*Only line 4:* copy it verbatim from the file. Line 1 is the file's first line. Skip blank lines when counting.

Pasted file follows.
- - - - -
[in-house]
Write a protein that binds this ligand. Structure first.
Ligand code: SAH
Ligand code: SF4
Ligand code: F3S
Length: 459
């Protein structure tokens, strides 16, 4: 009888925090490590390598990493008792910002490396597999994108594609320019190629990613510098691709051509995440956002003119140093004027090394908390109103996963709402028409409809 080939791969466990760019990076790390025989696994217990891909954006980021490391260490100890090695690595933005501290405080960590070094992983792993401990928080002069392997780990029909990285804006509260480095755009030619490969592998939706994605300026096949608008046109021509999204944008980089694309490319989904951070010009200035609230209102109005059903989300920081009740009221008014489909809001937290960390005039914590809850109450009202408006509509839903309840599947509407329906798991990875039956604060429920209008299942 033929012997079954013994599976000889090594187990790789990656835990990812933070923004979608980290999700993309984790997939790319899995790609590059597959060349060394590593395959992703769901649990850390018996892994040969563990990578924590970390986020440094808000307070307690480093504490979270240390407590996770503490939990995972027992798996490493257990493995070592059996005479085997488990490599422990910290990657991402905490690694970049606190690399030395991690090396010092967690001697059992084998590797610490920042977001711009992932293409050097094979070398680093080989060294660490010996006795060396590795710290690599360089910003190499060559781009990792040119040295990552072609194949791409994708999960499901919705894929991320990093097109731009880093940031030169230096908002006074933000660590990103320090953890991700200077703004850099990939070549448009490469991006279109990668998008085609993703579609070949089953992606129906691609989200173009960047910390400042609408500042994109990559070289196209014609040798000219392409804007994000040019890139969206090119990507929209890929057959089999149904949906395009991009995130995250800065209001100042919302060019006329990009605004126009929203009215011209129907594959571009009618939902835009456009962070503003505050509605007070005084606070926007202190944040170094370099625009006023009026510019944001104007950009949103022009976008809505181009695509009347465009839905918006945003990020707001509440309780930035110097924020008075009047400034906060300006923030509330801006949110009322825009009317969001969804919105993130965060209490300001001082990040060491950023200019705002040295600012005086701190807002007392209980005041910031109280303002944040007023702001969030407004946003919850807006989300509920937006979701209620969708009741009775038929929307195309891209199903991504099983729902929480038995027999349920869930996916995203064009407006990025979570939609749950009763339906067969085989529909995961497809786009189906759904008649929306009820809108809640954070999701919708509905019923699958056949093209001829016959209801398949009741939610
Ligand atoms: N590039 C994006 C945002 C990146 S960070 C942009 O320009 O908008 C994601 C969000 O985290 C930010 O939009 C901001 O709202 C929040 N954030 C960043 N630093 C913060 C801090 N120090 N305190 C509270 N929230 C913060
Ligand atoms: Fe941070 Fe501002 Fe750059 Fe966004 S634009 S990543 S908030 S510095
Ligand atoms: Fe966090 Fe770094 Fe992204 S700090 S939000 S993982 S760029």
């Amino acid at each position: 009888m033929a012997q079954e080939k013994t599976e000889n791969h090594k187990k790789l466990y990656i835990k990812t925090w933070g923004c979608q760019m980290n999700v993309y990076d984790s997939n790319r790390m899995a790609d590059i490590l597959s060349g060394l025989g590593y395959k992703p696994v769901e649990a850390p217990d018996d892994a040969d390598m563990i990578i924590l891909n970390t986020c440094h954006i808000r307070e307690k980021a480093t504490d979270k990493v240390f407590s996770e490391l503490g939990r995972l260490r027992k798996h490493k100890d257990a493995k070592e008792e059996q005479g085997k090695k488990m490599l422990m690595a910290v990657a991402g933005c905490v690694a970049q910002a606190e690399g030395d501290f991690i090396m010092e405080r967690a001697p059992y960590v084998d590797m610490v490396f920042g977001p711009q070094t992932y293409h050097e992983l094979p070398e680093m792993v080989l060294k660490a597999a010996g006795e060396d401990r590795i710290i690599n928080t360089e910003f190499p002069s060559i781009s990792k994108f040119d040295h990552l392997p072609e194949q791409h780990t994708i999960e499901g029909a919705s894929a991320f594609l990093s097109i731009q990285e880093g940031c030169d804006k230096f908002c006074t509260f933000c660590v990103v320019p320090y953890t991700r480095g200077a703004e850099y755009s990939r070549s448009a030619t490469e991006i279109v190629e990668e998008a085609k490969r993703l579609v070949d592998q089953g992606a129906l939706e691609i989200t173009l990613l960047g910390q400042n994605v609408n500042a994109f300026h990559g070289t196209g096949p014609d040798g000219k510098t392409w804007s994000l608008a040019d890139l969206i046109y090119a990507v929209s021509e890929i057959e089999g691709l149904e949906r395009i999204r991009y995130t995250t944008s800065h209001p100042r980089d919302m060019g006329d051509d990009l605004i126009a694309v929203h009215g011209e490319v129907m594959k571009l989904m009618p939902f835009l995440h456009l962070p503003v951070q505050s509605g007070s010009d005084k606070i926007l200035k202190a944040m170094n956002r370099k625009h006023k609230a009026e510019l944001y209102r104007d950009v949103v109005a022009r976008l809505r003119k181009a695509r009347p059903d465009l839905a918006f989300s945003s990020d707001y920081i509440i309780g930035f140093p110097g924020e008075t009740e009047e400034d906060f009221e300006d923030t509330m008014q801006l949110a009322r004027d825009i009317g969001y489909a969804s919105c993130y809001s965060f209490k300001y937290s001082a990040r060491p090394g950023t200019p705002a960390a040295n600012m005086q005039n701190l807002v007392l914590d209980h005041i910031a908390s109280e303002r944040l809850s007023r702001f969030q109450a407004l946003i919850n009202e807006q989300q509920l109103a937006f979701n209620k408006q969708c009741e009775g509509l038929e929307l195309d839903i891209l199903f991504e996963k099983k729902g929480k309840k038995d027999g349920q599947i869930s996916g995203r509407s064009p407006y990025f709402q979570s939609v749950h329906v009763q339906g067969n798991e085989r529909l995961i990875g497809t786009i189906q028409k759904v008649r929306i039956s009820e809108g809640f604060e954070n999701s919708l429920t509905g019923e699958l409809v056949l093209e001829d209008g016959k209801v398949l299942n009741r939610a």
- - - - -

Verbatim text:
Ligand code: SF4